While martial arts are not considered to be a ‘treatment’ for learning difficulties, experience has shown that many children do benefit and their more traditional treatments may be supported and helped by participating in one of these forms of activity.

ILT strives to uncover the root causes of children’s learning difficulties – and help them cope at school and home.  Visit our website learn more about this approach. We offer accredited courses over correspondence for teachers (CPD points with SACE as well as credits on SAQA for further qualifications), parents and helping professionals to enhance understanding of why children fail to thrive in school  Our training also points the way to effective help.

Do learning difficulties affect families?


It’s very common for families to report upheavals and arguments in the home as a result of a child’s struggle to learn.  Some of the problems may be caused by the decisions that have to be made, both medical and educational that might also put pressure on finances. Others are more emotional, encompassing disappointment, guilt, blame and even anger.

Being privy to countless families who seek help for their child, it is clear that those families that cope best have both parents fully involved and sharing in the raising of the child, management of the learning difficulty and all aspects of the programmes chosen to help the child. When only one parent carries the burden of being responsible for everything, it can add tremendous stress. This stress becomes enormous if the other parent tends to criticize or even suggest blame for lack of success.

 I’ve noticed that some parents tend to deny signs of difficulties.  Unfortunately, my experience has been that this is more typical of fathers.  Mothers are quicker to notice ‘at risk’ signs when the child is still young. These signs might be dismissed by the father and as difficulties escalate in higher grades, the disbelief of existing problems are expressed as the child being ‘lazy’ or ‘disliking school – like I did’ or needing discipline to produce more effort.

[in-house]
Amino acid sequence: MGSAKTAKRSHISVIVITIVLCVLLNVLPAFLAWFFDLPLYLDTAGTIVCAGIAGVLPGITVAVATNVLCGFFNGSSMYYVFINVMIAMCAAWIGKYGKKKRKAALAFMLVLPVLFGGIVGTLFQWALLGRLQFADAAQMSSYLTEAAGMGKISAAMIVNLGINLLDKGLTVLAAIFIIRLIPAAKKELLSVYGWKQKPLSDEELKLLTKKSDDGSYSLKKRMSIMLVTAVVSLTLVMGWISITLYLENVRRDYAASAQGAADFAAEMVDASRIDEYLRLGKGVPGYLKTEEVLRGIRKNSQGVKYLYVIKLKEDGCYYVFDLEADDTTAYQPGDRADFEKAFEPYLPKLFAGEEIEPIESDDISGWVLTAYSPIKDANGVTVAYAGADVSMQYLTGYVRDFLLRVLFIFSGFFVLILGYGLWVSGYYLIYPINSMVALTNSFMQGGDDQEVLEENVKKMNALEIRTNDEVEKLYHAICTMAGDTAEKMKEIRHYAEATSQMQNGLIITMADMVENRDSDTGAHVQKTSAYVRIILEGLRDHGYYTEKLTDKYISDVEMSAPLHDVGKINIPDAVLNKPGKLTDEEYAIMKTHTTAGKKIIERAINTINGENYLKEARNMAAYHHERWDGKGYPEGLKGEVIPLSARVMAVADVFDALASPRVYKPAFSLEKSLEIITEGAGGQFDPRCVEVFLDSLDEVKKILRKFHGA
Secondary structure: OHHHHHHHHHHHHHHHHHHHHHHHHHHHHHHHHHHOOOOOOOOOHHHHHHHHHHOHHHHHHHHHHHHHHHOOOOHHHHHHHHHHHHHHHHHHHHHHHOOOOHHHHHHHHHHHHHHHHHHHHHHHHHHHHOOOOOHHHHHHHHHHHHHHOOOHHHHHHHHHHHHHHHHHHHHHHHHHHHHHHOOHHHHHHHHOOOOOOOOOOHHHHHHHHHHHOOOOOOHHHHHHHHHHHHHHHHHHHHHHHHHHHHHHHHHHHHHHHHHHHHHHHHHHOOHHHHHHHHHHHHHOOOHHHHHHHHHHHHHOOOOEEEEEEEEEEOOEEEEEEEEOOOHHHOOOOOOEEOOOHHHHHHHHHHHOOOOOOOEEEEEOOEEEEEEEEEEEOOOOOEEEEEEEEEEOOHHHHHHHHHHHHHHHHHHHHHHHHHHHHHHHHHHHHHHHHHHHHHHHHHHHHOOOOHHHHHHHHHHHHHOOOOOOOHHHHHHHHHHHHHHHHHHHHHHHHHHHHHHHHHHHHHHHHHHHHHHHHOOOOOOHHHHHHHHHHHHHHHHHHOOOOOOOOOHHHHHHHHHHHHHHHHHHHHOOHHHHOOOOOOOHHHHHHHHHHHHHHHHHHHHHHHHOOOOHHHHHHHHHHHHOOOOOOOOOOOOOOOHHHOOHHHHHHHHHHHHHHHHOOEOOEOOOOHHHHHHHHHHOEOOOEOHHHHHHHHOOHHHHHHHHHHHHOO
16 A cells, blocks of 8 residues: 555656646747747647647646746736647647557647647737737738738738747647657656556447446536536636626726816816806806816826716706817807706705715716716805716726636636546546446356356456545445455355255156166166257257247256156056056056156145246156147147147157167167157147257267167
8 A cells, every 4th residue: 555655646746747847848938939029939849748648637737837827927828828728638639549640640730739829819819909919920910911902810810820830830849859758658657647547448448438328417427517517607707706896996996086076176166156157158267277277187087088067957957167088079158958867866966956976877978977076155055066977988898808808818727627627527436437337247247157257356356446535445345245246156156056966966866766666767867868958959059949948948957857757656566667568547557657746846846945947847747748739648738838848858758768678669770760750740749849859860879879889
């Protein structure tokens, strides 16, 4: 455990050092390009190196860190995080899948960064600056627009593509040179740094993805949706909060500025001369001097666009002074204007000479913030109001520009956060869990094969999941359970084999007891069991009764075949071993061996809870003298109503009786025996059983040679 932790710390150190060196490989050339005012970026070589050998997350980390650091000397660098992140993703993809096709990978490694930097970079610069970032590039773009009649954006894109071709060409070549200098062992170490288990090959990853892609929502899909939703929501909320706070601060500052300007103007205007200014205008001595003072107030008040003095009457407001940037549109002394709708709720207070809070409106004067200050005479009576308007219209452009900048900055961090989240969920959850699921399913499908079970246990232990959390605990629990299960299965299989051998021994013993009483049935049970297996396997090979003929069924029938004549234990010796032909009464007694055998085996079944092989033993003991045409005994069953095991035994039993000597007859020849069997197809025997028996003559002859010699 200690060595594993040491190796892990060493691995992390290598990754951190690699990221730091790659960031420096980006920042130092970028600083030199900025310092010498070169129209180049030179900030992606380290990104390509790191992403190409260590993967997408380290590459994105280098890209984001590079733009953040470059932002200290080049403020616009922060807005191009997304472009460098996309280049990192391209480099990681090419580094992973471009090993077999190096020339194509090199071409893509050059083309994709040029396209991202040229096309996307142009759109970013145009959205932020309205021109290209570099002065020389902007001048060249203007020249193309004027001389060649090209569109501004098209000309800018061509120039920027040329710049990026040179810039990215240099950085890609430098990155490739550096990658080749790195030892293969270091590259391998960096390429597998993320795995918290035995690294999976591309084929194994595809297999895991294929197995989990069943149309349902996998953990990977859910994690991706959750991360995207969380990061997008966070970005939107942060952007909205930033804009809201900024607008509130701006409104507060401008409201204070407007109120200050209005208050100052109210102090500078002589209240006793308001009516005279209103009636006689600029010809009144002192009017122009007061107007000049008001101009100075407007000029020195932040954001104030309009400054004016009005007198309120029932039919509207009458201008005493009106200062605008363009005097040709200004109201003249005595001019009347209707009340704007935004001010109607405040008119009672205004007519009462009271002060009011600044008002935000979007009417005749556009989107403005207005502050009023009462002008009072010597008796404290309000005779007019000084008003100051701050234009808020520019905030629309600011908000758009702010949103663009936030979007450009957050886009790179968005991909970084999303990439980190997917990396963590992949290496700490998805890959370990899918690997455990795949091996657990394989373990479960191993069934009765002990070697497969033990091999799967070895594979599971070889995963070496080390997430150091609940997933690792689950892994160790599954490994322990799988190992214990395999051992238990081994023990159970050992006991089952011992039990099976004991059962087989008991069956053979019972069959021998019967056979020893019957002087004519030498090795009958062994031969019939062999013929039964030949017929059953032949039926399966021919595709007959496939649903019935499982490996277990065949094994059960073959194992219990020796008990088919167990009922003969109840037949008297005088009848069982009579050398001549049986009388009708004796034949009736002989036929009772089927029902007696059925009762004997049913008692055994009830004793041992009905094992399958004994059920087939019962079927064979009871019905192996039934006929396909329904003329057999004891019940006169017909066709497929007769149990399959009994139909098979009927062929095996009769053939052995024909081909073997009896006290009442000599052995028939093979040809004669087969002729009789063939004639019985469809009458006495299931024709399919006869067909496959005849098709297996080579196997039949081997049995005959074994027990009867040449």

To help restore family harmony, it is important that both parents have opportunity to meet with the professionals who are working with the child.  They need time to understand the reality of their child’s challenges because this realization can be painful. Following this, making an effort to understand the nature and needs of the learning difficulty is really important.  It isn’t enough to merely know that a child has some or other diagnosed condition that carries a label.  Insist that you are given all the facts of any evaluations or diagnostic procedures that are done and don’t be fobbed off by vague or professional terminology.  Don’t leave the office before you feel enlightened and empowered with knowledge of what is needed at home and what role you have in helping the child. Remember that as parents, you aren’t responsible for the learning difficulty and you can’t cure your child.  You can, however, provide invaluable help and support – both to the child, siblings and most of all to each other.